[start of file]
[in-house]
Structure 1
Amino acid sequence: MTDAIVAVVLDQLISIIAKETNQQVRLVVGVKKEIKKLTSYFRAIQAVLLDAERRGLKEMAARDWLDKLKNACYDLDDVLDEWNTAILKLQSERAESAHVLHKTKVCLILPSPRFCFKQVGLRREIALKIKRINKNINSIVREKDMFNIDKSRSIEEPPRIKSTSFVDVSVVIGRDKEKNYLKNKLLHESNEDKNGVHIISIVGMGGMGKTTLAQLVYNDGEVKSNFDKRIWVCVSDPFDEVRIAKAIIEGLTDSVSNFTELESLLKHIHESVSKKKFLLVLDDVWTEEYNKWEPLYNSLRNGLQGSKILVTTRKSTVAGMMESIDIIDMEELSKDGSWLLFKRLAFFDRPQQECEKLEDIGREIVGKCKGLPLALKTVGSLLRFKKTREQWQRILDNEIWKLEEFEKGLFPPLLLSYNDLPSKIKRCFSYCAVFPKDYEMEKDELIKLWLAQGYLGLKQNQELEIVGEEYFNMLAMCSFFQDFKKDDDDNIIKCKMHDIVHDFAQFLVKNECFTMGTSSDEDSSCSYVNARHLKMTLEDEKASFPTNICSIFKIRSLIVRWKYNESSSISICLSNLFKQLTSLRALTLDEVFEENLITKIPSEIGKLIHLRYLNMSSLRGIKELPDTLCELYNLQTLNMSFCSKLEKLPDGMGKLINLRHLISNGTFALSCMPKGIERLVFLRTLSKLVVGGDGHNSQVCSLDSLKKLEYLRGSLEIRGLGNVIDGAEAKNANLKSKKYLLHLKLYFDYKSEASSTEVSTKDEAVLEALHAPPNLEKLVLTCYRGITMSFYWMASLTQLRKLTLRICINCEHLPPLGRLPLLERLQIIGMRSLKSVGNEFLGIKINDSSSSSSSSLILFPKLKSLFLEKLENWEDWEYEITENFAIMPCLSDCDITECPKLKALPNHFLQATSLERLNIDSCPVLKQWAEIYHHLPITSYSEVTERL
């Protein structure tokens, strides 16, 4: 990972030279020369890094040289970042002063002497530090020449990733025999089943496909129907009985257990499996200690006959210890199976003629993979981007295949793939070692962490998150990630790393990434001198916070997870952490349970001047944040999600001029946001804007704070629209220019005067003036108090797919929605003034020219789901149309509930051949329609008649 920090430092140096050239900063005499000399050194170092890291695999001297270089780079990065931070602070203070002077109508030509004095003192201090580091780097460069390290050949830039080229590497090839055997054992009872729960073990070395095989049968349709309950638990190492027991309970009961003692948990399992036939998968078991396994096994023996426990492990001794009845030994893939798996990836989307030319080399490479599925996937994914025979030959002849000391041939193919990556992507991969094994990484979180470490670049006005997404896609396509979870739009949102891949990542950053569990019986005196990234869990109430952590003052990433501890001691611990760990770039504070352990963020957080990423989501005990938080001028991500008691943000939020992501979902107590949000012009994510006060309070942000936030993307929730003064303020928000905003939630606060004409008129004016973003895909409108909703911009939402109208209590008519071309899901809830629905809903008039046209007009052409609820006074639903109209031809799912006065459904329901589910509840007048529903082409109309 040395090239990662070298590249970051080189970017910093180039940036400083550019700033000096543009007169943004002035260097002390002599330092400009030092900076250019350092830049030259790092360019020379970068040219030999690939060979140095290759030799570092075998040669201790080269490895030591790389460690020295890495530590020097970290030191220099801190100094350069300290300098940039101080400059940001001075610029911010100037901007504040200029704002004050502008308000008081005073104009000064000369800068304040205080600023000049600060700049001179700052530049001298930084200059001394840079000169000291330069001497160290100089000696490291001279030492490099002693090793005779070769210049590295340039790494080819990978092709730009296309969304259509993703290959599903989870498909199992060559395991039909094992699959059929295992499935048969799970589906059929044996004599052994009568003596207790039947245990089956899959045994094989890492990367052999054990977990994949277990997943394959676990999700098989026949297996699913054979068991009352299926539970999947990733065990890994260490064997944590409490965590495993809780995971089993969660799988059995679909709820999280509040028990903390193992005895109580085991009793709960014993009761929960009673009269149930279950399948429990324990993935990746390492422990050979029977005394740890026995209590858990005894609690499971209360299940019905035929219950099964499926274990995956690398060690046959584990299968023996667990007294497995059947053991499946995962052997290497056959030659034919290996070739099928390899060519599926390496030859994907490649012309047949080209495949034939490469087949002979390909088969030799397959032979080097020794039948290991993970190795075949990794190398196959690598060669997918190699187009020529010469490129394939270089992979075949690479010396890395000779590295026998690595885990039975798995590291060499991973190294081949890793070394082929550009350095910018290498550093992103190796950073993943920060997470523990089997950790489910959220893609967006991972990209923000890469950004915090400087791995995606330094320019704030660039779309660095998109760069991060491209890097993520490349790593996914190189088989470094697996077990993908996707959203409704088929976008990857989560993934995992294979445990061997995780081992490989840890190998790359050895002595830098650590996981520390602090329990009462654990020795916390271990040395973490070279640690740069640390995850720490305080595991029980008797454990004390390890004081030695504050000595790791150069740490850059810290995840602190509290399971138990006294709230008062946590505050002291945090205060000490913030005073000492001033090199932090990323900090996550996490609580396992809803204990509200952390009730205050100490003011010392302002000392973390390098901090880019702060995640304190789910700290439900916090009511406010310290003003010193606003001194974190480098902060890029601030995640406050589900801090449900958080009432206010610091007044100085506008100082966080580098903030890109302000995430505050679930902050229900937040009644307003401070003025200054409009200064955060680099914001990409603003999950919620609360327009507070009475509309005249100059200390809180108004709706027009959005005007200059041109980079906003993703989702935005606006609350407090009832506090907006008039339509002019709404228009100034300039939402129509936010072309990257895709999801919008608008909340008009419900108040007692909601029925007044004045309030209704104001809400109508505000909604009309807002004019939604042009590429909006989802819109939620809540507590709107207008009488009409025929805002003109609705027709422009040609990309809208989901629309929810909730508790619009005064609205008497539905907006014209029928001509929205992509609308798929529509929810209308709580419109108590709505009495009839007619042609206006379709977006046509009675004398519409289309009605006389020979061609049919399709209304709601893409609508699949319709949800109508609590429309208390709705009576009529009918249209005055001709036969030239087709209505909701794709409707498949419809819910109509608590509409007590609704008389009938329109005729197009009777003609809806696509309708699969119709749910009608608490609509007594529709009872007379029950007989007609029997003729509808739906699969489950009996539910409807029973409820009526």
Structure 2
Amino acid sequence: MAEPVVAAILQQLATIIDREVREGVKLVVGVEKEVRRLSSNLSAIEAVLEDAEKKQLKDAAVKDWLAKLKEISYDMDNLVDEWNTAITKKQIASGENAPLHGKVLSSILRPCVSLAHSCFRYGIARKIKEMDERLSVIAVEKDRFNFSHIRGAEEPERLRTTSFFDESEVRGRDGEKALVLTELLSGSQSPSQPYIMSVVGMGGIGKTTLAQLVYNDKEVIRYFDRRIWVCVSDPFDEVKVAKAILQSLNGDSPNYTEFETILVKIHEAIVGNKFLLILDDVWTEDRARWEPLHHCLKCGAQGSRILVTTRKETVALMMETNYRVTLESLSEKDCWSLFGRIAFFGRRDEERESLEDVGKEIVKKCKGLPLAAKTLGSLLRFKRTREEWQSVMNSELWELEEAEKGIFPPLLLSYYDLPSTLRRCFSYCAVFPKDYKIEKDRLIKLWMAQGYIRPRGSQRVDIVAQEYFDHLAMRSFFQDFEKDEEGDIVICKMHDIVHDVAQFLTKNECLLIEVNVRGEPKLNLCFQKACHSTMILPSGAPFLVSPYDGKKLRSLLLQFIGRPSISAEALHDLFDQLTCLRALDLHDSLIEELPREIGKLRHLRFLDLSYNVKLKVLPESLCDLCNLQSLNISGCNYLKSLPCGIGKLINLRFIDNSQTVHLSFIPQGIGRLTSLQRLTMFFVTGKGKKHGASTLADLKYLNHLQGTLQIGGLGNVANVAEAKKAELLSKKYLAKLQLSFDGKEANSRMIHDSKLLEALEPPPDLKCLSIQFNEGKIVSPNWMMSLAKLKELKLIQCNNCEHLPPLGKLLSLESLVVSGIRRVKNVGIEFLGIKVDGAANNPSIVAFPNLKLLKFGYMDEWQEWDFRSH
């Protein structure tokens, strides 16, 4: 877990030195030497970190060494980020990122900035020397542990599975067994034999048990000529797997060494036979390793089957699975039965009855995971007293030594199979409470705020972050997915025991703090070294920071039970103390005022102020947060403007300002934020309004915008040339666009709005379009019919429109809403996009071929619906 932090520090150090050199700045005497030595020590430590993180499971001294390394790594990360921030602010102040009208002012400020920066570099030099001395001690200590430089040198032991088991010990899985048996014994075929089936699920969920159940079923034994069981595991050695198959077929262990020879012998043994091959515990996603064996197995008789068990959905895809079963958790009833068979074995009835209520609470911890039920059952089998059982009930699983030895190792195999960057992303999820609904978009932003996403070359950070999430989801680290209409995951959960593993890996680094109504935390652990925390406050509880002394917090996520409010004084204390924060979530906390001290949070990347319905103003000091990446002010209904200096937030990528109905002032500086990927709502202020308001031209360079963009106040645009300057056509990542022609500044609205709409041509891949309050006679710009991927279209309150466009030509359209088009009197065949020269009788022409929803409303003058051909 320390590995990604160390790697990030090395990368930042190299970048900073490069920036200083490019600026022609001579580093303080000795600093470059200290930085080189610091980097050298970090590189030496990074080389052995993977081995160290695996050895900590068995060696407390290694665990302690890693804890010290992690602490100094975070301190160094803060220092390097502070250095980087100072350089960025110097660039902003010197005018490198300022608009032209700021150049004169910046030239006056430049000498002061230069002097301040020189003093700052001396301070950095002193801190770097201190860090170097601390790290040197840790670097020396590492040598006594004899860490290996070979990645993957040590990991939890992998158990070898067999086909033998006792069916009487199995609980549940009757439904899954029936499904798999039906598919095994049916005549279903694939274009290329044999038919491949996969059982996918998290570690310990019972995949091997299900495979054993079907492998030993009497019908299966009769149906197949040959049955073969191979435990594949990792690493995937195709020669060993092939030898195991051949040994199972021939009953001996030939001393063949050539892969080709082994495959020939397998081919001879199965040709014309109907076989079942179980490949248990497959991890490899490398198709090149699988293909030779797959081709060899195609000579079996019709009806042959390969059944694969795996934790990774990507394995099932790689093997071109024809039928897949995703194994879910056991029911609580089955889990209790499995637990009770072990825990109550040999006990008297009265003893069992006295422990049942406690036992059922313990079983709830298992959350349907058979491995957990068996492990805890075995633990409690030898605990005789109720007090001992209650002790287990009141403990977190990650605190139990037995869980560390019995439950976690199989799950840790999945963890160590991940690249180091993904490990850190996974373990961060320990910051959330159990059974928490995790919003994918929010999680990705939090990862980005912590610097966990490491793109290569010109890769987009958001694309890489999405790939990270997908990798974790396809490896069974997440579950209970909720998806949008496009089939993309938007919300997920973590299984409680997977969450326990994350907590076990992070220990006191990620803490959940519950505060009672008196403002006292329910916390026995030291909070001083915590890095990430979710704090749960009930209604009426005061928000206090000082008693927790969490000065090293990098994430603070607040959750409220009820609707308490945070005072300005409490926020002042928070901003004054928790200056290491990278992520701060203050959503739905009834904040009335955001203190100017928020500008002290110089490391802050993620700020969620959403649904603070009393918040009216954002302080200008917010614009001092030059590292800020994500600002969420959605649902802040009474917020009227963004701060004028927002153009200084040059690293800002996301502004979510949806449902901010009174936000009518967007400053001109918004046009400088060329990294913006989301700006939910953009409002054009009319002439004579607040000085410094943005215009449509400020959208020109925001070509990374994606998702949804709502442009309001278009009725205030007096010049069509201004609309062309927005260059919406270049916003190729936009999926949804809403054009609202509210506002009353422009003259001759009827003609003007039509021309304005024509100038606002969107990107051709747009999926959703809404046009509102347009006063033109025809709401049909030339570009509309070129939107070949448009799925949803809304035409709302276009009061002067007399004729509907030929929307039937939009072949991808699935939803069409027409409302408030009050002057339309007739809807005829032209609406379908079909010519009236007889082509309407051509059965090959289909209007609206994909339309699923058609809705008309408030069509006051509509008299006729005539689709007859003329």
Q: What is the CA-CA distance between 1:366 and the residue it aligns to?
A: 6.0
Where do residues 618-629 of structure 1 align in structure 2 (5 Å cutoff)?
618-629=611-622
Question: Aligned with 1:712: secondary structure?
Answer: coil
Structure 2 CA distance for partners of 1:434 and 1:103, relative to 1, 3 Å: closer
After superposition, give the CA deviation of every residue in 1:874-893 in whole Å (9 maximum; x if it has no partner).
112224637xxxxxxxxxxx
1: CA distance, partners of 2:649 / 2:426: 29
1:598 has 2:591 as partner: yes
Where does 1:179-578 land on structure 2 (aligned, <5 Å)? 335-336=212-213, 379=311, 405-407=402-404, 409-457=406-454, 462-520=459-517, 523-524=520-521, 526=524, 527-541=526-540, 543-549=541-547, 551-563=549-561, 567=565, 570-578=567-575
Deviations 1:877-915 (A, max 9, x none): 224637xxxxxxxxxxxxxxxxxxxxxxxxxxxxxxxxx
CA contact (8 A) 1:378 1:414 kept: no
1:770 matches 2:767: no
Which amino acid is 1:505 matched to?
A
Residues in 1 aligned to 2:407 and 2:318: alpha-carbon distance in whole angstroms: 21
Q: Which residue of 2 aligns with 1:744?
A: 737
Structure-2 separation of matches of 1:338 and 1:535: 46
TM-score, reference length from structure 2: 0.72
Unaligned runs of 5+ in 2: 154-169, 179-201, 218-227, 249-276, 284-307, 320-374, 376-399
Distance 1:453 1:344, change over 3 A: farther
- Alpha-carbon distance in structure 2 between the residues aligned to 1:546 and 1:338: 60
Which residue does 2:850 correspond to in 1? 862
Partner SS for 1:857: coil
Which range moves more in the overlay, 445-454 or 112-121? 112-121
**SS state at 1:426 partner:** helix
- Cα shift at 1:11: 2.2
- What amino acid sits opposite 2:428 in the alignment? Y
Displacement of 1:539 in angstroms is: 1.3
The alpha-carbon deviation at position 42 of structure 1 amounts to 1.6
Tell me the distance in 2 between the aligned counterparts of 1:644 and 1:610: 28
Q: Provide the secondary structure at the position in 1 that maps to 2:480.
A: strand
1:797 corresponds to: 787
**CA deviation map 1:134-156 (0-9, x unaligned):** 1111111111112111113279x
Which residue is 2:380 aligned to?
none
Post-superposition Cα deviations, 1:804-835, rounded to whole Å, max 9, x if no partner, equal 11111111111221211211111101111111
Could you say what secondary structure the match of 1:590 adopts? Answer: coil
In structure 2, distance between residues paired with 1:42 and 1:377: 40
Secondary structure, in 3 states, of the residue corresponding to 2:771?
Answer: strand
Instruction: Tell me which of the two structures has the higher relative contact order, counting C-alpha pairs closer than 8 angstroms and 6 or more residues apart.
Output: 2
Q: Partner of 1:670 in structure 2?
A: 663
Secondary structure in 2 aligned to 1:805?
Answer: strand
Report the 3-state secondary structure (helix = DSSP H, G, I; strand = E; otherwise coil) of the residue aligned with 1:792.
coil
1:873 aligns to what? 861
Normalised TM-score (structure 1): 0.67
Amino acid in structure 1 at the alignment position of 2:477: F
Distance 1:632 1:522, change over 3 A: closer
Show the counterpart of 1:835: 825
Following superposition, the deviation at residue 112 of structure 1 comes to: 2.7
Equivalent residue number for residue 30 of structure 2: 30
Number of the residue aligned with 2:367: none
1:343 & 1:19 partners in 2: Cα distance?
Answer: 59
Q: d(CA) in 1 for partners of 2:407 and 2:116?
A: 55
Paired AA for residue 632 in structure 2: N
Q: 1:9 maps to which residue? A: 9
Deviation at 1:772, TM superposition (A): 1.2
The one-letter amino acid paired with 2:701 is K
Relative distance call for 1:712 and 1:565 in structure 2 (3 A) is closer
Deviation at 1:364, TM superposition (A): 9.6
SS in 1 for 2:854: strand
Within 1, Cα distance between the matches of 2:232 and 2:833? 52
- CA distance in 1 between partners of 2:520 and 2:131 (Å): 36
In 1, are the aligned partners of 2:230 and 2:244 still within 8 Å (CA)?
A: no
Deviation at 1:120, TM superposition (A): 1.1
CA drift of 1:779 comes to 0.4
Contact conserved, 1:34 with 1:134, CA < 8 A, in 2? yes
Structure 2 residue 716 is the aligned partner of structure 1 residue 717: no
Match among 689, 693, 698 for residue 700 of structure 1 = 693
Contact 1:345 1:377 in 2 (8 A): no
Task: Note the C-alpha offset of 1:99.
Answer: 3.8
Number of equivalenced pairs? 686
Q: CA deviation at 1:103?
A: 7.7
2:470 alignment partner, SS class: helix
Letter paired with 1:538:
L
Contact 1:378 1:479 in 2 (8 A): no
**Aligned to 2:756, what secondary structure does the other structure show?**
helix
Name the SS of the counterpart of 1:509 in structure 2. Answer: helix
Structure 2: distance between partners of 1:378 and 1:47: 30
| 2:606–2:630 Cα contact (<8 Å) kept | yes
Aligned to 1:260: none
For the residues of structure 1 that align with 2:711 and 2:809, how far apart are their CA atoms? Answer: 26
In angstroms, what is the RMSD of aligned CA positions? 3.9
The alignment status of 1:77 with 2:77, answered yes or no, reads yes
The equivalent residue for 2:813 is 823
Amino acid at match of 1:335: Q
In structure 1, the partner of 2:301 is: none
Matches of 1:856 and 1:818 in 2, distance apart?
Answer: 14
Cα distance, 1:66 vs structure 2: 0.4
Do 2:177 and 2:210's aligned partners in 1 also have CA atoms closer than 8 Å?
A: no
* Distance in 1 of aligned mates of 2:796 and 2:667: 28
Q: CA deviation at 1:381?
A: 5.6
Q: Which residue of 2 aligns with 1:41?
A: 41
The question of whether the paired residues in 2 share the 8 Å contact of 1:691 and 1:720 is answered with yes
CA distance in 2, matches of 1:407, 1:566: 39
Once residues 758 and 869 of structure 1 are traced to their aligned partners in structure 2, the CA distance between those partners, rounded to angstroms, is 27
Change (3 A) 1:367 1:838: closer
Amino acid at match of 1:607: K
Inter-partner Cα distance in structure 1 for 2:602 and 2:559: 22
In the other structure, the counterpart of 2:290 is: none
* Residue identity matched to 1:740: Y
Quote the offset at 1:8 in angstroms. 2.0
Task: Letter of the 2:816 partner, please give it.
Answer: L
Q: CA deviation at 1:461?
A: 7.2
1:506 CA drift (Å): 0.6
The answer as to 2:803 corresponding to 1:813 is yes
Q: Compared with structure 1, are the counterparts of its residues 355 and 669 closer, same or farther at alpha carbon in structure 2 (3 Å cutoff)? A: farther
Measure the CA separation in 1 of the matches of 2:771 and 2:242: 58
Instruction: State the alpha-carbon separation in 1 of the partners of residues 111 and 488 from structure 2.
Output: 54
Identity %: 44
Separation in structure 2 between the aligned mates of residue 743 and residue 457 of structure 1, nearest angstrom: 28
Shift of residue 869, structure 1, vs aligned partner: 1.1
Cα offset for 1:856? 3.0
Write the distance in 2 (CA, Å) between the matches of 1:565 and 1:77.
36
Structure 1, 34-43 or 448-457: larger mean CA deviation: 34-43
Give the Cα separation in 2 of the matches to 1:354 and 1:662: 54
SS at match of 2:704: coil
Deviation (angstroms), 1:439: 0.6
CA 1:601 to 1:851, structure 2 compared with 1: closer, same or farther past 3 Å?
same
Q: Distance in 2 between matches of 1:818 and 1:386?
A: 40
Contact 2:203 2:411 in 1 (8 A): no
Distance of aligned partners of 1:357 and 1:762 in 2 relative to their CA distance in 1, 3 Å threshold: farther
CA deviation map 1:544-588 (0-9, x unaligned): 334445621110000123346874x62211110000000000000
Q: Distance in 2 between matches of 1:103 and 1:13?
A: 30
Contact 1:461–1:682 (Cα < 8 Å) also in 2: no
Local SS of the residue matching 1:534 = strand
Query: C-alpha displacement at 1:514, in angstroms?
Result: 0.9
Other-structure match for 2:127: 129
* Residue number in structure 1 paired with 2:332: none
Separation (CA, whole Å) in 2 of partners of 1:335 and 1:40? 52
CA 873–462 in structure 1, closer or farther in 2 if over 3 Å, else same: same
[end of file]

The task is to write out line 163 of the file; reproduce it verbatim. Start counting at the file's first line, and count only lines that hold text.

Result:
Other-structure match for 2:127: 129